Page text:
The faux outrage generated in relation to a shared-equity approach to housing falls into an all-too-familiar pattern that has come to characterise what should instead be a sober, data-driven and reasoned debate on how we solve one of the biggest social and economic issues of our time. One by one, every considered proposal to deliver more homes for people to live in is shot down in a barrage of criticism.
The most recent example was the falsely manufactured debate about the State being able to build much more cheaply than the private sector. When this canard was thoroughly discredited the hit-and-run critics turned their sights on shared equity. Unfortunately the latter proposal has been met with what can only be described as a feeding frenzy of negative and misplaced commentary.
None of this is helpful in terms of addressing Ireland's housing crisis. We can never be sure what the perfect intervention is but the evidence from our neighbours in the UK demonstrates the valuable role shared equity can play. In my view, the initiative needs to be implemented as quickly as possible.
The two key housing-related Bills currently being considered by the Dáil are very positive and represent important steps forward as they should provide for a greater level of affordable housing supply by establishing the Land Development Agency on a formal legislative footing and introducing the shared-equity scheme.
The social housing list has reduced by 25 per cent since 2016 and, prior to the recent lockdown, the State was on track to spend the largest amount ever building social housing, 28 per cent above its previous peak in 2007. However, despite a lot of good work in recent years to tackle the housing challenge in its many manifestations, affordability for those who want to purchase a home of their own remains a massive challenge.
The debate on how much it costs to build has thankfully moved on, with nearly all reasoned voices accepting the Society of Chartered Surveyors in Ireland’s (SCSI) detailed analysis as a baseline reference and all available evidence indicating that the private sector is offering the State and affordable housing bodies good value in the delivery of “turnkey” units.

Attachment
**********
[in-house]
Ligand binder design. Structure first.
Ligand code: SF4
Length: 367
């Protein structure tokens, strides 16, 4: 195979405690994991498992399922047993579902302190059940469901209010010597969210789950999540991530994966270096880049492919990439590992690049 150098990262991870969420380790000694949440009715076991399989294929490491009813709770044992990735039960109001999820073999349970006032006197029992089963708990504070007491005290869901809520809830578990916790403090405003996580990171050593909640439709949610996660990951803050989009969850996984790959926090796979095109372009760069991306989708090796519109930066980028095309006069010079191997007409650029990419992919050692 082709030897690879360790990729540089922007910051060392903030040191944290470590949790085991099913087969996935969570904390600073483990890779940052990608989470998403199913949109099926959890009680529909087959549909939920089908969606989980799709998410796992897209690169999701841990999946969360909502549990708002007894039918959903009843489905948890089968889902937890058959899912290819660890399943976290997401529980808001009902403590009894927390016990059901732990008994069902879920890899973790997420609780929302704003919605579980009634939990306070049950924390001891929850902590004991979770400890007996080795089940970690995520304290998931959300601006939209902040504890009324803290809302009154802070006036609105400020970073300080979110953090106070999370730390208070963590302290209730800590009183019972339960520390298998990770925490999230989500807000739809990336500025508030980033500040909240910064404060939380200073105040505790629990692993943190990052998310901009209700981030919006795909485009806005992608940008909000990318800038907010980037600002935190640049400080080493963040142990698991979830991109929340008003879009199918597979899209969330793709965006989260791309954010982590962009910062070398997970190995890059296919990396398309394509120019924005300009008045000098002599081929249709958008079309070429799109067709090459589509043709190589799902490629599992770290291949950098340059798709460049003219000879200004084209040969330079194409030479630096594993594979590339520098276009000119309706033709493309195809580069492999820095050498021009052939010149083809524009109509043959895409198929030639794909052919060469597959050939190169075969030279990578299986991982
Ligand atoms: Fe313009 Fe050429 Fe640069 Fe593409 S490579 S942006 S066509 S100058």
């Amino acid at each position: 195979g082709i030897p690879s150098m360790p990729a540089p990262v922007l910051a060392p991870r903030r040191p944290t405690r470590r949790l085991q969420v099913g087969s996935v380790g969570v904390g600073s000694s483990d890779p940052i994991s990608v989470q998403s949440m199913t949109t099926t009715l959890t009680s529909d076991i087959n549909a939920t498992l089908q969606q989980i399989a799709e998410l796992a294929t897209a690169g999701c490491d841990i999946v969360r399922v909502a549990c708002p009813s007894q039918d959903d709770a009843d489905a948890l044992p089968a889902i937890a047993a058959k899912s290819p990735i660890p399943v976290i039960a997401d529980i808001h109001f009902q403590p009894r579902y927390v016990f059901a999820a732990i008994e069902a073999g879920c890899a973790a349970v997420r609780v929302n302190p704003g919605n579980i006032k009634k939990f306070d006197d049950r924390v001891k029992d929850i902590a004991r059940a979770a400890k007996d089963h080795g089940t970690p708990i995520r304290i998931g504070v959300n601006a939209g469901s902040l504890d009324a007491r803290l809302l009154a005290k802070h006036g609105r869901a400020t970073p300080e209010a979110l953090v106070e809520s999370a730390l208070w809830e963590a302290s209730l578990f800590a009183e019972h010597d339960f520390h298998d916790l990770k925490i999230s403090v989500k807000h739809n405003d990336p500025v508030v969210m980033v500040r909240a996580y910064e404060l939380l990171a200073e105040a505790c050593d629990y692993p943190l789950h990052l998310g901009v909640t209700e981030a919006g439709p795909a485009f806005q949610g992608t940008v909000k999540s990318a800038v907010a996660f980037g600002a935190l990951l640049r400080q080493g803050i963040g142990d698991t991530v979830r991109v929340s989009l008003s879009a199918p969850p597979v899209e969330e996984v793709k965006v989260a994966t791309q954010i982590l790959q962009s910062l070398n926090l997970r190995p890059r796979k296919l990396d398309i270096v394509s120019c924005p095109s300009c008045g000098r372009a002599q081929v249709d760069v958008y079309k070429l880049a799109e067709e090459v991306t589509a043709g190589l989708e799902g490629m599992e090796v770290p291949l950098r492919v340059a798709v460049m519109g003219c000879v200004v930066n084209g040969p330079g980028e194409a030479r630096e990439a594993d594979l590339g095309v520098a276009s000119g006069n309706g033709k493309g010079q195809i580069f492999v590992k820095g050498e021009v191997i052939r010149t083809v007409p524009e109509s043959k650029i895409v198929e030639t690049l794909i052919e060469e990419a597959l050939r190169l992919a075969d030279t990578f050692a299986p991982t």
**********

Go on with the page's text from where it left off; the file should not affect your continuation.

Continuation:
Late last year the Economic and Social Research Institute (ESRI) again highlighted the urgent need to focus on the delivery of smaller units for one- and two-person households, as these represent about 74 per cent of all requirements. Along with the National Planning Framework, which calls for compact growth and 50 per cent of all new units to be built within existing urban settlements, it becomes very clear that we need to deliver significantly more apartments than we do currently.
However, as highlighted by the SCSI and Dublin City Council, apartments are significantly more expensive to develop than lower-rise housing. All the evidence shows that in the absence of some form of shared-equity scheme, apartments will be unaffordable for buyers on modest incomes, regardless of who builds them.
Like the cost issue, most of the debate has been the focus of selective highlighting of risks without presenting the potential for significant positive benefits, if done in the right way. Most of the commentary from the ESRI and the Central Bank was based on two seminal reports, one from the Bank of England and the other from the London School of Economics, on a similar UK scheme.
The reports note that, without the equity loan or a larger down payment, an overwhelming proportion of borrowers would not have been able to borrow the mortgage amount needed to purchase their property.
In a setting with responsive supply, shared equity can be expected to mainly stimulate construction numbers as intended by the policy, they said.
Concerns, where they were expressed by the Central Bank and the ESRI, for the most part focused on concern that supply would not increase if this demand-side intervention was made. However, Irish cities are highly responsive in terms of supply and the evidence of this to hand includes the fact that there are more than 40,000 outstanding permissions in most cases ready to be acted on, if viability was improved by allowing buyers locked out of the market to start putting down deposits.
In relation to concerns regarding the potential role of incentives in fuelling house-price inflation, notwithstanding the introduction of the help-to-buy initiative, house-price inflation has not exceeded 2 per cent on average over the last couple of years.
Perhaps the final word on this should go to Dr Larry O'Connell of the National Economic and Social Council, who, while accepting that risks are involved and need to be monitored, agreed action is required, noting at the same Oireachtas housing committee that housing is a complex system and "it is difficult to judge what the impact of a single intervention in one part will be on the wider system".
“My view on housing is we need to act,” he added. “There is a supply crisis. As I said earlier we will never know what the perfect intervention is, but this one seems useful and some of the equity is returned. The key is to monitor the scheme carefully over the first 12 months.”
Pat Farrell is chief executive of Irish Institutional Property